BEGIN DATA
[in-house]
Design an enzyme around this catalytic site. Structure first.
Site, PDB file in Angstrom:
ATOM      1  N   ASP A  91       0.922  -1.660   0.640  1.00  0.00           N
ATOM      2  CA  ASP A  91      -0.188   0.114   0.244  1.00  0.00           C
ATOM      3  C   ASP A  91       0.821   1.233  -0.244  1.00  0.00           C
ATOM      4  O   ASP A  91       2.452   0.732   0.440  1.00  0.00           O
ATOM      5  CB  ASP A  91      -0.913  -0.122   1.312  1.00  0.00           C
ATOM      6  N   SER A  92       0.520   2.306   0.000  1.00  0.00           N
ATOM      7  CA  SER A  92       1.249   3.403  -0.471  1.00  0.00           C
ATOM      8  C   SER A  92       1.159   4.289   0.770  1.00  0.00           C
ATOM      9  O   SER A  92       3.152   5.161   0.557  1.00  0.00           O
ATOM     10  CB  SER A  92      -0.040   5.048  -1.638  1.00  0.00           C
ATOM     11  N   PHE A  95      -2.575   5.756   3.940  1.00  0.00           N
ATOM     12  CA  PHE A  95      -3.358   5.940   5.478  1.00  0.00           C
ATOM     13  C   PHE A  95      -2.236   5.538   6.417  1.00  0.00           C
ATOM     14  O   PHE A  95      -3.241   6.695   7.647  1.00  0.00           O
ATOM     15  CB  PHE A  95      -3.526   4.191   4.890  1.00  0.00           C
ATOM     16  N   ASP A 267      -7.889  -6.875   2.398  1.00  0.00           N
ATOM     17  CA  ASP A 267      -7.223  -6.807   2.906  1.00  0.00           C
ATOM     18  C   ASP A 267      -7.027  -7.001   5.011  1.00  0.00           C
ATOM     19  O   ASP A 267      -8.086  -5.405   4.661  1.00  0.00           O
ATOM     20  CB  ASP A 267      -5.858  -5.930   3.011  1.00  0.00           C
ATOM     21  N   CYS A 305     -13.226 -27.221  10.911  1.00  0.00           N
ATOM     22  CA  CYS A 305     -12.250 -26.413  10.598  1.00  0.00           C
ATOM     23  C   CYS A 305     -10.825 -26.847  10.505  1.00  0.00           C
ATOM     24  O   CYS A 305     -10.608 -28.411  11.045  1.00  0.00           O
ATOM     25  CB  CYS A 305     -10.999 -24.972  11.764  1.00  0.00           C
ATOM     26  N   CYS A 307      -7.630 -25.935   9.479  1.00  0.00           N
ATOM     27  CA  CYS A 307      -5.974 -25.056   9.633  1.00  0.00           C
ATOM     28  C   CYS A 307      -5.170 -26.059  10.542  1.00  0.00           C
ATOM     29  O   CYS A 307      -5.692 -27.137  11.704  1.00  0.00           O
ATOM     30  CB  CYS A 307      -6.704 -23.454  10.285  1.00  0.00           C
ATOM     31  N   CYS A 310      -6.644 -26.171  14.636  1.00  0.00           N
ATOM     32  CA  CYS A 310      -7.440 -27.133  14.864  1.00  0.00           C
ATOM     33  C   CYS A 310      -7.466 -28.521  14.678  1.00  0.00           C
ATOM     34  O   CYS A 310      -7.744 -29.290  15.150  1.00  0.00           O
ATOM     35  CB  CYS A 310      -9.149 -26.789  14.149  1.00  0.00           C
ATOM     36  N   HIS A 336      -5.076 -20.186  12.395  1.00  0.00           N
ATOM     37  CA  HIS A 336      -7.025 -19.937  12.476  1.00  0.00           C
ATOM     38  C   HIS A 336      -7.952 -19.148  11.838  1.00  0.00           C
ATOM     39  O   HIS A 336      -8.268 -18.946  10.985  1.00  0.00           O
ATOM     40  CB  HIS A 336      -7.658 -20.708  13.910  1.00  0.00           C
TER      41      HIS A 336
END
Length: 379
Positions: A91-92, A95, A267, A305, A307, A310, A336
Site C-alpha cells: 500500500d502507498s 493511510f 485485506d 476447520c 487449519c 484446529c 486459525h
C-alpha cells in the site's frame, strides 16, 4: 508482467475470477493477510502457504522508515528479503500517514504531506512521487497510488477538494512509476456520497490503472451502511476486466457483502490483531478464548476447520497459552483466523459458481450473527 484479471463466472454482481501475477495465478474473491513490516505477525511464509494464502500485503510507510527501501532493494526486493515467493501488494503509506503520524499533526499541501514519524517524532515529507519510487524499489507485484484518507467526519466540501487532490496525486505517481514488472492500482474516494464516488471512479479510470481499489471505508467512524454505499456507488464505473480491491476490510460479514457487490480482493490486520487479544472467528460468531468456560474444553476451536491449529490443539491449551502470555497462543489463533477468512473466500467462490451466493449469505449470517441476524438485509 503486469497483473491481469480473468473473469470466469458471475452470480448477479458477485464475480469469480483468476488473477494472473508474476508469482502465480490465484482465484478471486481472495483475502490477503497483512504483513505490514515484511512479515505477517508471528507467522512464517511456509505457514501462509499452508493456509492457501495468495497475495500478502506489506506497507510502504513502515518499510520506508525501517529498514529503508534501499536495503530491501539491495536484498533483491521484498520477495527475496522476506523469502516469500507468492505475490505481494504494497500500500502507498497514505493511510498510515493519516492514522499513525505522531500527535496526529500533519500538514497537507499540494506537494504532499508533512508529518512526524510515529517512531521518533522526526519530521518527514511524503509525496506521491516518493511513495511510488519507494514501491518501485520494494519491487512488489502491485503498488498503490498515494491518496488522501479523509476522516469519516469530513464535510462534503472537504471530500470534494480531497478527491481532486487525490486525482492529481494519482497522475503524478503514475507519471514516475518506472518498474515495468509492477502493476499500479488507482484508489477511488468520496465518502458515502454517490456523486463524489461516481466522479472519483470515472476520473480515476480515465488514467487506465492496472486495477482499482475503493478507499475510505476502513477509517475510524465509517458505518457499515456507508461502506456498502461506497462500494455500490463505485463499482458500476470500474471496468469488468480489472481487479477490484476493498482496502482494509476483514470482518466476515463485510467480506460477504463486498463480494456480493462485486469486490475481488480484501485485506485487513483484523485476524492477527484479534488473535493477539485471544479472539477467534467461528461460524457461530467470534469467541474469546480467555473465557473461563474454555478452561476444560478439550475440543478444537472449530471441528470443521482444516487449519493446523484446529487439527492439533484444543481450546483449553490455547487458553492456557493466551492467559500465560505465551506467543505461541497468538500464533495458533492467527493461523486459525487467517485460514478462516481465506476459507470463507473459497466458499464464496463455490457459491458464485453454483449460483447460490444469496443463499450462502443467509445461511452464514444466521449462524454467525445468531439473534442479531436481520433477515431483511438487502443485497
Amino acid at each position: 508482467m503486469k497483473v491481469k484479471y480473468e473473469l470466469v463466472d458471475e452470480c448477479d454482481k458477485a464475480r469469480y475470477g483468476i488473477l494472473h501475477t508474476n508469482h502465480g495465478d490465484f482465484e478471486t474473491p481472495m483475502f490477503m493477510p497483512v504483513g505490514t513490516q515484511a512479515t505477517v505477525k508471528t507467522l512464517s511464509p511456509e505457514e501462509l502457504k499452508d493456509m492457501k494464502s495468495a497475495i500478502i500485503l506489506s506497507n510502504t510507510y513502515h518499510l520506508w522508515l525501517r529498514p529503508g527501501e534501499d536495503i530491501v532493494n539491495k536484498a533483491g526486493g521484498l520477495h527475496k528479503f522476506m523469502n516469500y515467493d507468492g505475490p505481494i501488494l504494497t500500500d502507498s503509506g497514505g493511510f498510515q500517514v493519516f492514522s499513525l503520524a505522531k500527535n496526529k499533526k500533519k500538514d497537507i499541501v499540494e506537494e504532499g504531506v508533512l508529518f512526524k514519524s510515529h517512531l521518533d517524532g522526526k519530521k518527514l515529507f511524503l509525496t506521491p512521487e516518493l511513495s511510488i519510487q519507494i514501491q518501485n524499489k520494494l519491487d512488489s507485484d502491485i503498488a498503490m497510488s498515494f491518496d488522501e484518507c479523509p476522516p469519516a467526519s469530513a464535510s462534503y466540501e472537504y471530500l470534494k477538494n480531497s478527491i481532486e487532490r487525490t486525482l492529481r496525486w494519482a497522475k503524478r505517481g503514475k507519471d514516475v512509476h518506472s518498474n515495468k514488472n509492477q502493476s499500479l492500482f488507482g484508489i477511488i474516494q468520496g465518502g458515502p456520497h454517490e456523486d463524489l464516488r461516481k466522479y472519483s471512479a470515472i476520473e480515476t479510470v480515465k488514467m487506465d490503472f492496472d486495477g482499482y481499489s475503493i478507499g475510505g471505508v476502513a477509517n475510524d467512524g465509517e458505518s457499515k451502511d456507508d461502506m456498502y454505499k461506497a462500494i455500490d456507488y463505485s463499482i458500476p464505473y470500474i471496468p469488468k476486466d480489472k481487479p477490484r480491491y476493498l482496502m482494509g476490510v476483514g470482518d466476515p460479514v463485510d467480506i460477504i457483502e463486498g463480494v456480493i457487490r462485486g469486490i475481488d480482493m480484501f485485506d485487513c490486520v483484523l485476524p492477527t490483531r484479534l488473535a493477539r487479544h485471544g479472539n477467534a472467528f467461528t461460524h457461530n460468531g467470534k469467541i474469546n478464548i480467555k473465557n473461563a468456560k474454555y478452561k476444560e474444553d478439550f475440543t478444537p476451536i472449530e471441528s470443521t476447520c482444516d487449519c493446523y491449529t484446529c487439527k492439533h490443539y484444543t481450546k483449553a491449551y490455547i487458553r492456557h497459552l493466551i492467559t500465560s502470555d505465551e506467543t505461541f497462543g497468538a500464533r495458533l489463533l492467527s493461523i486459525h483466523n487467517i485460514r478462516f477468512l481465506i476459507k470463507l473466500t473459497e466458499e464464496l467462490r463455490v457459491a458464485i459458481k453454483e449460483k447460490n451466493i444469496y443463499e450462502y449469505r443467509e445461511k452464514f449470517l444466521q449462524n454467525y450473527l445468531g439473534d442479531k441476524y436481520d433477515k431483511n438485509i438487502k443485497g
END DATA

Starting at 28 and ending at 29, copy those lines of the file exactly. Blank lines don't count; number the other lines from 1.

ATOM     25  CB  CYS A 305     -10.999 -24.972  11.764  1.00  0.00           C
ATOM     26  N   CYS A 307      -7.630 -25.935   9.479  1.00  0.00           N